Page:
Vol 27 No 16

13 August 2017

 Cartoon by Chris Johnston



Too many words about same sex marriage

23 August 2017 | Neve Mahoney

xxxxxLots of words have already been said and typed about the subject of same sex marriage. Too many, frankly. But it seems that the marriage equality debate will not go away nor be resolved easily, though LGBTI advocates have said that the homophobic anti-same sex marriage campaign will be damaging to the mental health of LGBTI people. Of course, the very idea that civil rights should be put to a public vote is demoralising.


It seems Mother Teresa was a Mother Teresa after all

23 August 2017 | Tony Thompson

Simulated dyslexia fontI kept getting lost in Kolkata. North and south were somehow inverted in my head and I had to consciously avoid going the wrong way every time I stepped out of my hotel.

Do we ban the nun's veil next?

23 August 2017 | Rachel Woodlock

xxxxxFor an item of clothing that virtually no Australian Muslims wear, the burqa sure gets plenty of airtime. I've never seen the (usually blue) all-enveloping cloak with the small material grill for sale in any of the bricks-and-mortar Islamic clothing stores I've visited. Short of travelling to Afghanistan, the only place I can think where an anti-Islam protester might get one is by searching Halloween costume listings on eBay or Etsy.


We treat dogs better than the asylum seekers

22 August 2017 |

ABC logo

Last week I was rung to say my dog was missing. I finished at work as soon as I could, ringing the local council and neighbourhood vet on the way home. Neither had seen anything of him but suggested we post on social media. As my husband and I drove and walked the streets, the messages came in. People were concerned. He was missing from an enclosed yard. Some offered to look, others from further away, shared hope and the Facebook post. The post went everywhere, the last I saw was in Western Australia.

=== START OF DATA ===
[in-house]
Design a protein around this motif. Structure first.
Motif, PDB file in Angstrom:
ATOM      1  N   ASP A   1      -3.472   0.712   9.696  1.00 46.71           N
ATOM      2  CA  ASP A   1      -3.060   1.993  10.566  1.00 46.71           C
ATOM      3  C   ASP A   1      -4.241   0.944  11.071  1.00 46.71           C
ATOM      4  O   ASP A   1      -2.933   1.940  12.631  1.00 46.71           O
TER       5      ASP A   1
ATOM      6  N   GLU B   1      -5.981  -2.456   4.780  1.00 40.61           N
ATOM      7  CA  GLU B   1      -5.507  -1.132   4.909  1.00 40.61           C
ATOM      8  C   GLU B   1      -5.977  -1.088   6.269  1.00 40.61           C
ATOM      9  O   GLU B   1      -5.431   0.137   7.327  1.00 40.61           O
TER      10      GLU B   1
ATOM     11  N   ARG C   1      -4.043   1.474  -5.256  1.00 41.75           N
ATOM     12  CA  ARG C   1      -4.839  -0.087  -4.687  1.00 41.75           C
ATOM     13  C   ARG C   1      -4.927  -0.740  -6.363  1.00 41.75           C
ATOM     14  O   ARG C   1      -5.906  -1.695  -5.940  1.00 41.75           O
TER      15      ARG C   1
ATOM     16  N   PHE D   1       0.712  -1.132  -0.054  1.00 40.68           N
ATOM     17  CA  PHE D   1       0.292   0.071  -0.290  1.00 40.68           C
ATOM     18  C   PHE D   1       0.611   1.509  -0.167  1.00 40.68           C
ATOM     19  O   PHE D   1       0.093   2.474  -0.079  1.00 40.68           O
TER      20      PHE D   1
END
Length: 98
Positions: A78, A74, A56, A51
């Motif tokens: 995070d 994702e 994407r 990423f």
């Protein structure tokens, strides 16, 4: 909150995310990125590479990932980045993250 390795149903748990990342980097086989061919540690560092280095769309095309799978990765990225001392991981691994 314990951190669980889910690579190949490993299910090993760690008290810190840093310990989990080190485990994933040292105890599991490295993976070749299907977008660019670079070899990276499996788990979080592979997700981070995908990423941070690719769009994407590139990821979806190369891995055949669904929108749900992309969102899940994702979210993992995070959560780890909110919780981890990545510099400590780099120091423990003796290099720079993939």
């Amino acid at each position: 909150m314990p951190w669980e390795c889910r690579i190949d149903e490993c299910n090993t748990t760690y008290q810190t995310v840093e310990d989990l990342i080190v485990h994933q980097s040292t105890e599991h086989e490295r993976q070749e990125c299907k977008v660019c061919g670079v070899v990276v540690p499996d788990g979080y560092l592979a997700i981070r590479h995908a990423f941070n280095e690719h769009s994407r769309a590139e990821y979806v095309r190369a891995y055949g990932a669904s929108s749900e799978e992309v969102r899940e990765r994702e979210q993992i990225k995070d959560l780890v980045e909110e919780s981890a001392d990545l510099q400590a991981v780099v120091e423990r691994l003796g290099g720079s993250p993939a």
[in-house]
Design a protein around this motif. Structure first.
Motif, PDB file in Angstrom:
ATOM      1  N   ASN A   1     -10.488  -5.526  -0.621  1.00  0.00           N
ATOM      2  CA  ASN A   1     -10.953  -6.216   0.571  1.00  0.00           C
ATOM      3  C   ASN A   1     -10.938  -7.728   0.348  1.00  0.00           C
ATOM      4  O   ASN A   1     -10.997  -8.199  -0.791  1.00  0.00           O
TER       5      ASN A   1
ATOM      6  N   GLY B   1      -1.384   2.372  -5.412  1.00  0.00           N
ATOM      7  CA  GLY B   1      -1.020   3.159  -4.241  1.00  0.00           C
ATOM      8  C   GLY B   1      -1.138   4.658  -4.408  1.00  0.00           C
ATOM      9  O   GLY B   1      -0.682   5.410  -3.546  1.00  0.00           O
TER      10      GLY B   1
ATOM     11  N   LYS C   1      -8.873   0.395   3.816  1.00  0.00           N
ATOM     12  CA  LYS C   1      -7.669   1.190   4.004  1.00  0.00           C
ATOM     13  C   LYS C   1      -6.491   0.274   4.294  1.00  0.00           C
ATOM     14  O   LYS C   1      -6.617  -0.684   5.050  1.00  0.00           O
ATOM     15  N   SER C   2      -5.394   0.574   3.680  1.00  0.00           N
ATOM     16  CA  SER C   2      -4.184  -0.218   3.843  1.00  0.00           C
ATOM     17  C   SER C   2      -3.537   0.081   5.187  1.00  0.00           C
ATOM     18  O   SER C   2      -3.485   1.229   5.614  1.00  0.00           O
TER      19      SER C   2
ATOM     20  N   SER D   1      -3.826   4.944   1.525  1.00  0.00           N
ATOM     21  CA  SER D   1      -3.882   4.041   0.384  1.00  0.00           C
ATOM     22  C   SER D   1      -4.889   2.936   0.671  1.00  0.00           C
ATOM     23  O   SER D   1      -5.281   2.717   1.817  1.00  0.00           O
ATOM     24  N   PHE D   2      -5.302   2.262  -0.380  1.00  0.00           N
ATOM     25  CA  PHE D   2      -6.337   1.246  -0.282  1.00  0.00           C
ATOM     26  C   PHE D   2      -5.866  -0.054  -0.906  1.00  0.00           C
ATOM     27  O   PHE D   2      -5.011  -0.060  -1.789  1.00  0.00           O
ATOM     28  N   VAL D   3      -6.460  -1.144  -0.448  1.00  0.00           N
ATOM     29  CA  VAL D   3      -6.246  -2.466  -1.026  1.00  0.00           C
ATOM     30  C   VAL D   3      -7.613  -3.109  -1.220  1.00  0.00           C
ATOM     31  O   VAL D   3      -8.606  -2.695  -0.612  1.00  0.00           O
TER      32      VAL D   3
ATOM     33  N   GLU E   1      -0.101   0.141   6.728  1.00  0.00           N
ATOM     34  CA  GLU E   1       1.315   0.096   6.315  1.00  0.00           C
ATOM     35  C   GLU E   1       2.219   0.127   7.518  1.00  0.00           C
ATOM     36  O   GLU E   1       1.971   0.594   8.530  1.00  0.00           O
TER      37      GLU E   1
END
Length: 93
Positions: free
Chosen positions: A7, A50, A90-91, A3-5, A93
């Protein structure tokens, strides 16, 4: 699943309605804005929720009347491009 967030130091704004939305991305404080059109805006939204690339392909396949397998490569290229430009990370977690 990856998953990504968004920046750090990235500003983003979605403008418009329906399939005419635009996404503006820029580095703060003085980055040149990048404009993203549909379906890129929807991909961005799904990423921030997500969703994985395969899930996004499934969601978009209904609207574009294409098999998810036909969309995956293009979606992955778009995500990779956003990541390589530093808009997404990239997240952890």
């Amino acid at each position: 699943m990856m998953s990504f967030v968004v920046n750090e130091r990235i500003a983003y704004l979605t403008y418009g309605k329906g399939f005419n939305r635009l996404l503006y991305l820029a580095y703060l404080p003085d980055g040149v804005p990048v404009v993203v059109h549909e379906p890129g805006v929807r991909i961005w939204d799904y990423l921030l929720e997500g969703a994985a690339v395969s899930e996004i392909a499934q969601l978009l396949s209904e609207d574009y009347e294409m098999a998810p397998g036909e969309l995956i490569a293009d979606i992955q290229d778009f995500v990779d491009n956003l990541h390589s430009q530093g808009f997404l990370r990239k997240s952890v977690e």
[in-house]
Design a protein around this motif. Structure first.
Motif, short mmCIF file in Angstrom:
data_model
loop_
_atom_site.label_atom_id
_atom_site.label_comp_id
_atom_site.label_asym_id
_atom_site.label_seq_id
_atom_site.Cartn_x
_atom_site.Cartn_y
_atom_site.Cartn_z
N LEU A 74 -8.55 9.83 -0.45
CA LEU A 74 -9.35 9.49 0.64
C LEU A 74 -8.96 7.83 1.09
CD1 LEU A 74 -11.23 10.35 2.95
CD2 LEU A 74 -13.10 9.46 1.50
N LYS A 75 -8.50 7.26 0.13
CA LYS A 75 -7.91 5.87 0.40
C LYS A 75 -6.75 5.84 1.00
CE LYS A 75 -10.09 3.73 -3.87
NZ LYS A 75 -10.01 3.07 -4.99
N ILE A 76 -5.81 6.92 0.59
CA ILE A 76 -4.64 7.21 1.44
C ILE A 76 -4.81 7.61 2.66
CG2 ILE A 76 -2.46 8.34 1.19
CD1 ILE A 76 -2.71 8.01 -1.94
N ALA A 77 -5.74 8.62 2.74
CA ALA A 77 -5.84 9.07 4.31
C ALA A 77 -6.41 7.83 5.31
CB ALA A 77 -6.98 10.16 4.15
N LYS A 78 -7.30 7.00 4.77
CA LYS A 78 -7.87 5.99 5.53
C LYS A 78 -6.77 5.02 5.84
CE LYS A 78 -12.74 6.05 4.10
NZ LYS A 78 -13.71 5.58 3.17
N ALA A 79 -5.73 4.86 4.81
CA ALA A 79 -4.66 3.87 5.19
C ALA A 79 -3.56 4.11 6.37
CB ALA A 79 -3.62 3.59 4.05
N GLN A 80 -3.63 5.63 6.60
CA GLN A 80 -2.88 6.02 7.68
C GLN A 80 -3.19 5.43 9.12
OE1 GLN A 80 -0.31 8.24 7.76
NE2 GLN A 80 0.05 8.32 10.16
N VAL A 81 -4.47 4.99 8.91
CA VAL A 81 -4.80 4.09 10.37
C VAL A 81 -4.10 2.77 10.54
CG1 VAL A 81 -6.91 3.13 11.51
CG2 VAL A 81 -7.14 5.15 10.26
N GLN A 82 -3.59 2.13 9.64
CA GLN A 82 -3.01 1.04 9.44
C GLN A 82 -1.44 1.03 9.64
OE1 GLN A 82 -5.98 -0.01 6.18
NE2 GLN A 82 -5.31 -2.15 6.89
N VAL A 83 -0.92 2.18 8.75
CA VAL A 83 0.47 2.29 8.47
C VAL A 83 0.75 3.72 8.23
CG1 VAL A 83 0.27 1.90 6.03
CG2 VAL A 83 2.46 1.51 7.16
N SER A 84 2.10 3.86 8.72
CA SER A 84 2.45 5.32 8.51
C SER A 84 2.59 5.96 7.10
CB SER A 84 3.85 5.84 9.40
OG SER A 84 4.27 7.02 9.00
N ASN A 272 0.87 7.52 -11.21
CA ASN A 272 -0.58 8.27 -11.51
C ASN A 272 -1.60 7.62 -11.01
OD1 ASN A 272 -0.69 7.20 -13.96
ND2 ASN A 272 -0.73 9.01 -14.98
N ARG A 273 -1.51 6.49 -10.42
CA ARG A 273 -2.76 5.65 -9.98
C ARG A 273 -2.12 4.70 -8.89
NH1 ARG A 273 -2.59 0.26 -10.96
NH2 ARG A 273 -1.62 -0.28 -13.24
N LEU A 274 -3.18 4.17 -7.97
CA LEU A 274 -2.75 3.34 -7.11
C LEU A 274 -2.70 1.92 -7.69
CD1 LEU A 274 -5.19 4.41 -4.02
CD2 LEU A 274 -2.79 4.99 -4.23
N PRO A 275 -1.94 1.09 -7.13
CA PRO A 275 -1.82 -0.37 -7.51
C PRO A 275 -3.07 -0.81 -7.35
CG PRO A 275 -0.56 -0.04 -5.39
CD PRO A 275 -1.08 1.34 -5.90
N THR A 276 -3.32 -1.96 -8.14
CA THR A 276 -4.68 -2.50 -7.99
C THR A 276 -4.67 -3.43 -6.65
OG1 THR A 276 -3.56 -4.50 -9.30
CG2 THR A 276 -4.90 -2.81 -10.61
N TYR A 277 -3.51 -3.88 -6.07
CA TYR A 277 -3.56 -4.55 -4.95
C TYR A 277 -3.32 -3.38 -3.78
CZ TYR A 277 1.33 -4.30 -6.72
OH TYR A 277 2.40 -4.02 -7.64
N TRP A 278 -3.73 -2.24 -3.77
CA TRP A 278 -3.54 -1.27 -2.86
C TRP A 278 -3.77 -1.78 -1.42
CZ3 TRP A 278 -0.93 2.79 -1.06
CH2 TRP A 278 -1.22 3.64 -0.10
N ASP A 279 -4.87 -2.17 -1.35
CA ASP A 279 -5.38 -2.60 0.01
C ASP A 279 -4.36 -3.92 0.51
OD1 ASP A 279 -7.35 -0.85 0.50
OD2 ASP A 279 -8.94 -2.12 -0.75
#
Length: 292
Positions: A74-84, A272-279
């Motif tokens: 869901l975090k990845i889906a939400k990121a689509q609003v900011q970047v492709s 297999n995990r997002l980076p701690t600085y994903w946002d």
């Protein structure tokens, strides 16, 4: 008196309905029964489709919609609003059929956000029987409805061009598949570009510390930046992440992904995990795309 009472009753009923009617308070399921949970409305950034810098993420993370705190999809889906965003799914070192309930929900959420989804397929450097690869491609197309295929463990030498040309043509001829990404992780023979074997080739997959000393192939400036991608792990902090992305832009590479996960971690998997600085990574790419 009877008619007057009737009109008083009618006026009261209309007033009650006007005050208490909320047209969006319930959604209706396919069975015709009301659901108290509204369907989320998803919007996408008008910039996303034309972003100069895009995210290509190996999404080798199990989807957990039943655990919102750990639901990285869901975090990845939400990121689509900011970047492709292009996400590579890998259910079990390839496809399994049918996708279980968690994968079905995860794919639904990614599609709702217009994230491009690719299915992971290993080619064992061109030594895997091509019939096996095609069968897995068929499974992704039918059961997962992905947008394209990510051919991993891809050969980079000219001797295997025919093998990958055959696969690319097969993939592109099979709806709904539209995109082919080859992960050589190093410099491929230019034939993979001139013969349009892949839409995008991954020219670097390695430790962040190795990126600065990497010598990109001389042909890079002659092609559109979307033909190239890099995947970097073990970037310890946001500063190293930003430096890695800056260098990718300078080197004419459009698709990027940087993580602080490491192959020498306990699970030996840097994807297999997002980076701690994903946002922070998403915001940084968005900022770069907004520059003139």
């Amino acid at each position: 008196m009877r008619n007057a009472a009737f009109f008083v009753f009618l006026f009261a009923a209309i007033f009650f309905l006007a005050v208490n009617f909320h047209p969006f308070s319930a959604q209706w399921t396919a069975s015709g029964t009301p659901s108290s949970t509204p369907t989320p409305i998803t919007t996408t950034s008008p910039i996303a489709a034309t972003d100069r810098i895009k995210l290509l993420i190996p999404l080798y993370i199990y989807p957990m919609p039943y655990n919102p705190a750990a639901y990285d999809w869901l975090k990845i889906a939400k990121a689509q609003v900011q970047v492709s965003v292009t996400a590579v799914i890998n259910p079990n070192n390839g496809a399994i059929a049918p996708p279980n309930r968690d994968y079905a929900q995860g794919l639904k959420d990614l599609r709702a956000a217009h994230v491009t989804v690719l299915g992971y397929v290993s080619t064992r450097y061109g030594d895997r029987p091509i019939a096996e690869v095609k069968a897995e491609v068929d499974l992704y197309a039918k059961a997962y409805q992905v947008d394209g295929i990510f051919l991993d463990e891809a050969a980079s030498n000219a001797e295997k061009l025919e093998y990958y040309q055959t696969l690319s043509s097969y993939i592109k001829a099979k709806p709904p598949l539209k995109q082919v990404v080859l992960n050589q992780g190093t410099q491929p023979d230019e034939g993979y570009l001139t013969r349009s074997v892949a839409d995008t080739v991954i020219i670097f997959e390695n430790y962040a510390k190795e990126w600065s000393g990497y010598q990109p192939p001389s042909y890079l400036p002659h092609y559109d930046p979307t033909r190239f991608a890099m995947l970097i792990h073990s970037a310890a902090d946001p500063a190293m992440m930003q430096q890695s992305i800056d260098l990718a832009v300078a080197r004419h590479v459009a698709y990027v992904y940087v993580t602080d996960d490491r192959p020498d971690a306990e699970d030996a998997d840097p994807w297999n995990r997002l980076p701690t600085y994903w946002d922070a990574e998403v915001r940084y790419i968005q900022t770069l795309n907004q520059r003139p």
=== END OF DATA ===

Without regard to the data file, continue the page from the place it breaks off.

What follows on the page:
World trade is now America versus China (and Russia)

22 August 2017 | David James

xxxxxThe anti-Russian frenzy in the United States amounts to little more than a great deal of evidence that the intelligence community suspects there might be a great deal of evidence that the Russians have been meddling. It has to rank as one of the biggest, and most orchestrated, blind alleys of modern media coverage. When a journalist says an anonymous ‘respected source’ thinks the Russians are up to something, this writer is always left wondering: respected by whom? His dog?


The beloved countries are still crying

22 August 2017 | Andrew Hamilton

xxxxxSeventy years ago Alan Paton wrote Cry the Beloved Country. His novel opened many Australians’ eyes to the wounded South Africa that lay behind its colonial surface. His elegiac conclusion was prescient of the two generations that followed.


The citizenship conundrum

21 August 2017 | Fiona Katauskas

Cartoon by Fiona Katauskas

This week's offering from Eureka Street's award winning political cartoonist.


Tomatoes, harbour

1 Comment
21 August 2017 | Rory Harris